Prepare for my workout
I’m always raring to go as soon as I arrive at the gym. But before I get started, I get the equipment and myself ready.
When it comes to prepping for heavy lifting, I’m often lucky to have my partner, Jamie, there to give me a hand. It pays to have someone close-by to spot you and make sure your form is correct.
Here are some things to consider when setting up:
Weightlifting chalk: Cover your hands with weightlifting chalk when heavy lifting to improve your grip. This is also a great way to prevent blisters, which I’m sure you’ll know is a common problem when lifting weights.
Bare feet: If you’ve seen my workout videos, you’ll know I deadlift with bare feet. Going barefoot helps ensure you have evenly distributed ground contact. Be extra careful around the heavy weights if you’re lifting without shoes.
Shoes: It’s important to have the right type of shoe for the right type of workout. I know I mention that I like to deadlift in bare feet, but I do prefer shoes for other lifts like the bench press and squat.
Squats are best performed while wearing Olympic lifting shoes (that have a heel) or flat-soled shoes with minimal sponge in the sole. For bench pressing, I like sneakers or boots that have good grip on the sole so your feet don’t slip while pressing.
Weights: You can consult the BUILD app for how much weight to lift. The app will calculate your recommended weights for particular lifts based on your individual 1RM (One-Rep Max) assessment. It’s super helpful.
Do a dynamic warm up
I always warm up my muscles and joints before a heavy-lifting workout. A quick, effective session helps me get in the zone both physically and mentally.
Back in the day, I used to skip straight to the main exercise. Now I go through my mobility exercises and pump blood into the muscles I’m about to train before every single session. This helps me do the work I want to do effectively and reduces the risk of injury.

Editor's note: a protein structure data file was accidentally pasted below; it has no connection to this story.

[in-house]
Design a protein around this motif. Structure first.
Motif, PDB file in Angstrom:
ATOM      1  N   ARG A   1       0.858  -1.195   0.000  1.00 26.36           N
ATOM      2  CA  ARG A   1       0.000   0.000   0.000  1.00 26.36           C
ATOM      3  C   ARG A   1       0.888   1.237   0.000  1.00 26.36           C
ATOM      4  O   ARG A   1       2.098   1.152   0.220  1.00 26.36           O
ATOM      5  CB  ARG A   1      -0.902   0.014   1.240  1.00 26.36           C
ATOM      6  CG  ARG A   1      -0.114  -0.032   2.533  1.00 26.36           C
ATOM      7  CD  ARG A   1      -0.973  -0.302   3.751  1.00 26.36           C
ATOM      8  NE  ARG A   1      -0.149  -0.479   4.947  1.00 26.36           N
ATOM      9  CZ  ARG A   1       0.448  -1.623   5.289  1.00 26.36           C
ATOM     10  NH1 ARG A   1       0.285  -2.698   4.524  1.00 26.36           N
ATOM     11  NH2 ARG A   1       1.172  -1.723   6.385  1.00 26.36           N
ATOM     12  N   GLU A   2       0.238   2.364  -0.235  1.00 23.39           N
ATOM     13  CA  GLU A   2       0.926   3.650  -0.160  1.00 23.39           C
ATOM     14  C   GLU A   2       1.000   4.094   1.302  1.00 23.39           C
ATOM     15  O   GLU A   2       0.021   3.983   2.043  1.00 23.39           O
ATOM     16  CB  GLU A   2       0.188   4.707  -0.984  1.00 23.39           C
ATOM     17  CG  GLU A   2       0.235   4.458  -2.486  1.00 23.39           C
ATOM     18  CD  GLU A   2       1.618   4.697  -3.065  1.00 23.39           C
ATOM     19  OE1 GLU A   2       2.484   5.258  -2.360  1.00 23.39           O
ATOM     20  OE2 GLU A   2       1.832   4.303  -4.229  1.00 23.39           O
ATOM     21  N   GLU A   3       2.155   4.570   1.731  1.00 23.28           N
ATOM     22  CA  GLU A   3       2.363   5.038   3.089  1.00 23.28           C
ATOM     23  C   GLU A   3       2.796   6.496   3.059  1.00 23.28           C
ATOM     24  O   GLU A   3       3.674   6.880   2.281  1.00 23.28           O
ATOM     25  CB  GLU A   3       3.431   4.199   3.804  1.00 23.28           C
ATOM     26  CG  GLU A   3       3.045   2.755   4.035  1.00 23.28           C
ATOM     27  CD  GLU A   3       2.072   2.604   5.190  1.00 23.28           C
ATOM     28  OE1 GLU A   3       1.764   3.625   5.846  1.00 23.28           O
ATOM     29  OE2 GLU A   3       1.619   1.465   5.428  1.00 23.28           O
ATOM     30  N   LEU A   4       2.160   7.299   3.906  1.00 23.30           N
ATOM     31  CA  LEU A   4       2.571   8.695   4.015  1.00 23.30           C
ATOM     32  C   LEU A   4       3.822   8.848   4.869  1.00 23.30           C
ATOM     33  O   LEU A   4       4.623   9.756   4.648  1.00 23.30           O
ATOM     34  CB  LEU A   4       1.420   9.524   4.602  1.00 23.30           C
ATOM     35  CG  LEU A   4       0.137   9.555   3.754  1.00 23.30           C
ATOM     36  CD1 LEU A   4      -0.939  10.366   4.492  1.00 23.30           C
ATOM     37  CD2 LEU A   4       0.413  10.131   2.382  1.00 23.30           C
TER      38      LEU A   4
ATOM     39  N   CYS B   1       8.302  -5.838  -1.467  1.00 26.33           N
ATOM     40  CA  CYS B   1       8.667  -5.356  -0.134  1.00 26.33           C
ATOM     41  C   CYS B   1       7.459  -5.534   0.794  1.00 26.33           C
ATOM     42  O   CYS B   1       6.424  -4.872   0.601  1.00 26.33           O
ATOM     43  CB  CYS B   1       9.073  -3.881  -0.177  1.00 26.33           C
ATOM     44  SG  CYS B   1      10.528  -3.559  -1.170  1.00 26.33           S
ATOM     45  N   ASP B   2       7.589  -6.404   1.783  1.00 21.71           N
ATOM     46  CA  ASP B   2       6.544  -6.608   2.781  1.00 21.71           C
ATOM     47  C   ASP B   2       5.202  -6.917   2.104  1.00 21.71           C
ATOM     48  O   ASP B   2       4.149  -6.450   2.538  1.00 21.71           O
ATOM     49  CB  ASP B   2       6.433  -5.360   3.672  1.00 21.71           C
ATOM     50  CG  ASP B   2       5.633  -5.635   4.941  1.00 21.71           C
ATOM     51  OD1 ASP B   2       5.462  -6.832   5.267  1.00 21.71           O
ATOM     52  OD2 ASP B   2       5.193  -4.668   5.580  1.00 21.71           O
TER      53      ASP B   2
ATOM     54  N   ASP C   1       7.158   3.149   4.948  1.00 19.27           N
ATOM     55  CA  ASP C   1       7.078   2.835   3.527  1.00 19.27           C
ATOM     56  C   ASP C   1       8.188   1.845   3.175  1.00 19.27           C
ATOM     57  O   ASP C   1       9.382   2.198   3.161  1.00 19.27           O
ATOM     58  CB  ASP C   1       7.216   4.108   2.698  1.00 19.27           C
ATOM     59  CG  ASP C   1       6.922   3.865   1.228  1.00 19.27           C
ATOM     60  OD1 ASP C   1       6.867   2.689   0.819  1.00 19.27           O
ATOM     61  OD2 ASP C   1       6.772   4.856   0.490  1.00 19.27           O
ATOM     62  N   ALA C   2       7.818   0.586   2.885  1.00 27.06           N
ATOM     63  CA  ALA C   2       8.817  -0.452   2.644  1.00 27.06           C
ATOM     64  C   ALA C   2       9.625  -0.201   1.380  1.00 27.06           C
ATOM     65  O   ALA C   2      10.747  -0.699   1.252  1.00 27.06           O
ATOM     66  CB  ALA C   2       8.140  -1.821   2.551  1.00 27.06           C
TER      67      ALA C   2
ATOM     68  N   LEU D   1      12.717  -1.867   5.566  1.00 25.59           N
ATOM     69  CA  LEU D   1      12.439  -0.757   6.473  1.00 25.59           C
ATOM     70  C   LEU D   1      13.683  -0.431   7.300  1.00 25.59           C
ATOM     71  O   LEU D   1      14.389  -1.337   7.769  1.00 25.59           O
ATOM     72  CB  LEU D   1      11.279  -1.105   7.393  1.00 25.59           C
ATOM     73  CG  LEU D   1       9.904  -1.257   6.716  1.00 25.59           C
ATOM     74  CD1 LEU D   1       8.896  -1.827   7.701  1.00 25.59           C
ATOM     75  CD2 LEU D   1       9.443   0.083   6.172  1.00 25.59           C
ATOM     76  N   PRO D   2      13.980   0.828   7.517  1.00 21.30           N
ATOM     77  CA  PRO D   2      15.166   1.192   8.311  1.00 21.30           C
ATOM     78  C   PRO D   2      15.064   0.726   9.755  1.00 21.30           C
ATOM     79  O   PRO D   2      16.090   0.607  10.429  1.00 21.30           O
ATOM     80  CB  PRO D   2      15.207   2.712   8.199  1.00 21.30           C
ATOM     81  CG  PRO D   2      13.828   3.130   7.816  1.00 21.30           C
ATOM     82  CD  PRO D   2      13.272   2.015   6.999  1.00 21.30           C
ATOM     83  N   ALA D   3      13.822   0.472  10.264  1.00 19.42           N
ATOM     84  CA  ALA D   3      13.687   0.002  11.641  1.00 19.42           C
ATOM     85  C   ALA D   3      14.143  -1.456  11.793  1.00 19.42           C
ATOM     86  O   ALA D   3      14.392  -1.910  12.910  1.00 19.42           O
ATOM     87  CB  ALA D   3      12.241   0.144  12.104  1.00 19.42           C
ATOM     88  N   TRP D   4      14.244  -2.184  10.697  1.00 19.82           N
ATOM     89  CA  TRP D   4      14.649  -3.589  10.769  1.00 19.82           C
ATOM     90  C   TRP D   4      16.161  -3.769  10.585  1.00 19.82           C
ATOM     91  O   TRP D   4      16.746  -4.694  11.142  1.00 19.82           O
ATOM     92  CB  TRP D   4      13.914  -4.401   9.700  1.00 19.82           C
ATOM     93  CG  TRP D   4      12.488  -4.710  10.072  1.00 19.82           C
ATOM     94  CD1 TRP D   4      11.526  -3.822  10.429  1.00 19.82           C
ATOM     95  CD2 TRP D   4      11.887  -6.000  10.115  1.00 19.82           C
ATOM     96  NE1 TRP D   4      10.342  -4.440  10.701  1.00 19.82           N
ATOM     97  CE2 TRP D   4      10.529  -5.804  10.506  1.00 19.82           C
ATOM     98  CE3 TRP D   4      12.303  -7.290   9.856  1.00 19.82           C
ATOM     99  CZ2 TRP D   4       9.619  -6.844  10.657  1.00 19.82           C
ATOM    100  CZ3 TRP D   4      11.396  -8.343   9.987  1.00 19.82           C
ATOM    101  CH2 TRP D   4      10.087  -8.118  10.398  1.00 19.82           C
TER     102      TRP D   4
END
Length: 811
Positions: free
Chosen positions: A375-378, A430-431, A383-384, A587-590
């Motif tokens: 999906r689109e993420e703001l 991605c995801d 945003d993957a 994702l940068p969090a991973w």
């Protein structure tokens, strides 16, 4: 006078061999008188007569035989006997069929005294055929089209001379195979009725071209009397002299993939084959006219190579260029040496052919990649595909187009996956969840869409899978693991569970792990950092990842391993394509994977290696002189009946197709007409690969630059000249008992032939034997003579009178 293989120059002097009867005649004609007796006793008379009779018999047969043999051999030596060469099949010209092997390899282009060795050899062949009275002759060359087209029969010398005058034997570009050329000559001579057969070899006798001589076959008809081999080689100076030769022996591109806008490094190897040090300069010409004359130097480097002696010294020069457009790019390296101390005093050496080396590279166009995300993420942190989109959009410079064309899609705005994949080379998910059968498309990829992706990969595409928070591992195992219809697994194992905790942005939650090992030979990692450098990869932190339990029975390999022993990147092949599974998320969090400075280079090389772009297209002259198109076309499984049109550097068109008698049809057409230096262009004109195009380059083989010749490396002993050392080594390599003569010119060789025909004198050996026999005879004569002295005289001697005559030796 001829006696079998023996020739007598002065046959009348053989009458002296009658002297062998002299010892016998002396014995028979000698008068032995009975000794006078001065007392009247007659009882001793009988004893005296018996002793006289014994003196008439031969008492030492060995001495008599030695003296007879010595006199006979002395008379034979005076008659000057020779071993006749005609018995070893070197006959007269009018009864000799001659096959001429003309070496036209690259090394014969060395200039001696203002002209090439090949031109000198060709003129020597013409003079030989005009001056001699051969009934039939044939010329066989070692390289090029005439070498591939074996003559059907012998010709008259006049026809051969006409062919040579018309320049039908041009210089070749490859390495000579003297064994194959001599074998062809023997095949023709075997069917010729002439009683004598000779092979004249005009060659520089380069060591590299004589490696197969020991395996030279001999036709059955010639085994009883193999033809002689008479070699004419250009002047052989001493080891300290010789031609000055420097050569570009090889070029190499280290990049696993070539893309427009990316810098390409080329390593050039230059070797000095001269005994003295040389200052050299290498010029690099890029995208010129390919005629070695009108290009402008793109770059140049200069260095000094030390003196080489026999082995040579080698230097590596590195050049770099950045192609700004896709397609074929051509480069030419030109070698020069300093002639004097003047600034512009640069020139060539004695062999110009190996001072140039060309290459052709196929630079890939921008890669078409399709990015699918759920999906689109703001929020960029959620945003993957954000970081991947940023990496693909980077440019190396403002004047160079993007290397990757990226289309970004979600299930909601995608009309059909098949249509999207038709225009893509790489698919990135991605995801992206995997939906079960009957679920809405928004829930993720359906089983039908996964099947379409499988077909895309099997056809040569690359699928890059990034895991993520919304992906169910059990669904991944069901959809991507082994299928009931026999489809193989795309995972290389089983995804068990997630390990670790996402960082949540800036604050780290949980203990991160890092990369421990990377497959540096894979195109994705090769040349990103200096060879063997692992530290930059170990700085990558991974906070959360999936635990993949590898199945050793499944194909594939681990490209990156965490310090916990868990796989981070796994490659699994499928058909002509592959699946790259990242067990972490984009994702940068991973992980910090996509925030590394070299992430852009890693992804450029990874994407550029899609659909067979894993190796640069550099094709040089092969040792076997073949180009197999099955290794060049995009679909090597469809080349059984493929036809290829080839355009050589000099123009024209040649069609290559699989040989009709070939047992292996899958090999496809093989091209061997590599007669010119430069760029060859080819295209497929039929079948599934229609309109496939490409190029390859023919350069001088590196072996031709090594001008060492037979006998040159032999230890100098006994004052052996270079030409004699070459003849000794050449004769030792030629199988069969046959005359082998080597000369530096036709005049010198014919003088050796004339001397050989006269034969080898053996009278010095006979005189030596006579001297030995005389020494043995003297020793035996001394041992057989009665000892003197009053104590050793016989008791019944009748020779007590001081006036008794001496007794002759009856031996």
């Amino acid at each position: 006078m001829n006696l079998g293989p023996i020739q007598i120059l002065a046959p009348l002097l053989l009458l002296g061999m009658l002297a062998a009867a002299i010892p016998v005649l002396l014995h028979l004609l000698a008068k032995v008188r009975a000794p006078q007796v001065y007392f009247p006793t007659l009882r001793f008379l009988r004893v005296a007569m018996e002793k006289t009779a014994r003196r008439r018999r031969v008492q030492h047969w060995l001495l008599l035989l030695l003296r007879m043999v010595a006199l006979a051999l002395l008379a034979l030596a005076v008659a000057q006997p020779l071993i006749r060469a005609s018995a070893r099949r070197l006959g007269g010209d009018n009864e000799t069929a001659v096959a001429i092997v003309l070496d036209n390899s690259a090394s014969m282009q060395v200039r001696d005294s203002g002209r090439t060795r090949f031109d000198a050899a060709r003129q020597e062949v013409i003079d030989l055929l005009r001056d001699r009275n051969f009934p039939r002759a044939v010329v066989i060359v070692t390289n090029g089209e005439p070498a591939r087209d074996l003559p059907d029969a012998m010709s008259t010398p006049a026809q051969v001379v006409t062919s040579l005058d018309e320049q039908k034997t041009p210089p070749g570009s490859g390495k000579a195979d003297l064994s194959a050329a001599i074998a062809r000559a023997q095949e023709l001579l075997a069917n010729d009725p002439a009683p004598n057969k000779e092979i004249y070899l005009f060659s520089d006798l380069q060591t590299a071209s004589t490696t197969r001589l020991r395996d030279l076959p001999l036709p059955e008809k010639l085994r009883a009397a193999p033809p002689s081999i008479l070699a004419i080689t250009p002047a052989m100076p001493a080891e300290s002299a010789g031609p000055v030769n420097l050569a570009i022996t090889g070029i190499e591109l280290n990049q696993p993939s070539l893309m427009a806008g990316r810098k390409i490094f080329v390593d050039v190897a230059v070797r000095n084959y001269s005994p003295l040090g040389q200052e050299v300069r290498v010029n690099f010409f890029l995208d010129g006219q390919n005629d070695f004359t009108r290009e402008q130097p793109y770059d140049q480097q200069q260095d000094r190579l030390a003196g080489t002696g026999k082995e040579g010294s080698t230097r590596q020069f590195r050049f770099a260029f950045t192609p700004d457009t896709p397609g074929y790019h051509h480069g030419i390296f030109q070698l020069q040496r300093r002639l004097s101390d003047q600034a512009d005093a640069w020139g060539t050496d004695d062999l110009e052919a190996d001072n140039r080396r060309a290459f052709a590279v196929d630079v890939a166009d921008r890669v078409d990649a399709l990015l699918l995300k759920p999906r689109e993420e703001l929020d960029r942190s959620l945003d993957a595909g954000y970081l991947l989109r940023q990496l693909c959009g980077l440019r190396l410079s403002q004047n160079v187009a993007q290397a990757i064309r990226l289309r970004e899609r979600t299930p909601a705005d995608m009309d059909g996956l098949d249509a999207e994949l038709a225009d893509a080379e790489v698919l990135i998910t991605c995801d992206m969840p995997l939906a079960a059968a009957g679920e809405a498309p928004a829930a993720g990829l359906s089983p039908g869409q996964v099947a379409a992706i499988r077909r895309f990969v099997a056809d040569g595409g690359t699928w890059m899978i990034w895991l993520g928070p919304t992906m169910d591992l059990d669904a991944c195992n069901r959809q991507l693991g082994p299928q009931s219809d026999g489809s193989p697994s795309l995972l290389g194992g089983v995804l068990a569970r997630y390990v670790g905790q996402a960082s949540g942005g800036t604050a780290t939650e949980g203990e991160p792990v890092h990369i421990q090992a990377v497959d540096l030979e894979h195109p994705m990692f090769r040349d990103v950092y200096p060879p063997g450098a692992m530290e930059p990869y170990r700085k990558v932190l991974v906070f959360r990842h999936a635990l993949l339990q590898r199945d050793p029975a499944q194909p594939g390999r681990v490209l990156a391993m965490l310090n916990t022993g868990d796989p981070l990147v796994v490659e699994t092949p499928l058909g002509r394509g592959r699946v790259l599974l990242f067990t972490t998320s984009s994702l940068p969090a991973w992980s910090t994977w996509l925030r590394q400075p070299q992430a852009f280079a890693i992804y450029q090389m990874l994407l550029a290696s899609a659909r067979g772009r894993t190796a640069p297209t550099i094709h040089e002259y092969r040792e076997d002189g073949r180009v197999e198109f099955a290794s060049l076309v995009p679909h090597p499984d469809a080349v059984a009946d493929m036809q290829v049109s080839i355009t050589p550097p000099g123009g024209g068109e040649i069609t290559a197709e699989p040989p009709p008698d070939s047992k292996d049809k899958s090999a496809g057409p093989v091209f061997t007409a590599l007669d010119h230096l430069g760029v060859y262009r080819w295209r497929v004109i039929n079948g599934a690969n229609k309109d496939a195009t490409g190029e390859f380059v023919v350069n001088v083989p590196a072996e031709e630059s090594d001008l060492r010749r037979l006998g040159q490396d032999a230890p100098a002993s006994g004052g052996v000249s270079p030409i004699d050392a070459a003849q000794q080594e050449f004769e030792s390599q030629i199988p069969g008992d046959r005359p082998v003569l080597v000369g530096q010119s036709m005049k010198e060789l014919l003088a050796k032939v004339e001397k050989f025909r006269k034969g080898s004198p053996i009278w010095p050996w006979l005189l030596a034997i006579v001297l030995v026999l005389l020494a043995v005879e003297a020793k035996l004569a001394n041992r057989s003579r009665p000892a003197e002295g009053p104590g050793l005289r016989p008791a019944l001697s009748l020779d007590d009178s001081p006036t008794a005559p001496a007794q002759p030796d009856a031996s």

The BUILD workouts include warm up sets for different key movements, which you’ll find in the app. No matter what BUILD workout you’re doing, the correct warm up is essential.
While static stretching is great post-workout, foam rolling and mobility warm up exercises are what I find best to get your body in the heavy-lifting zone.
Take deadlifts, for example. Before building up to the main heavy lift, I work on my mobility so I’m able to get into optimal body positioning for the lift.
Dynamic movements: These are movements like a scorpion, the rolling v-sit, and bird-dogs — which are a form of core exercises designed to stabilise your torso during movement. I also mobilise my hips, which is important when you’re doing a lower-body workout.
Warm up sets: Once complete, I move on to a series of warm up sets with an RPE (Rated Perceived Exertion) of 4–7. I always do fewer reps and gradually increase my weights in my warm up sets to prepare for the heavier lifts.
Only once I’ve finished the dynamic movements and warm up sets am I ready for the big lift. Remember, good things take time. And a solid warm up session is key to maximising your performance and helping avoid injury.
Channel my inner strength
Eaten? Check. Packed my gym bag? Check. Set up my equipment? Check. Warmed up? Check. There’s just one more thing to do before the main heavy lift.
Before I pick up the bar (or weights), I focus on my goals and tell myself I know what I can achieve that day. Never underestimate the importance of getting your head in the game. Heavy lifting isn’t just a physical game, it’s a mental one too.
Take a deep breath, ignore everything around you, visualise yourself completing the lift and get set to go.
Nothing good comes fast or easy!
Take the time to perfect your pre-workout routine, and follow these essential steps before hitting the gym. It will benefit your BUILD session and help you get the most out of your performance.
Wondering what to do after your workout? When you’re lifting heavy weights, it’s also essential to take time for recovery. Skip recovery and you may risk undoing your hard work in the gym.
What do you do to prep for a heavy-lifting session? How do you get in the zone? Let me know!
* Results from BUILD may vary. Strict adherence to the program is required for best results.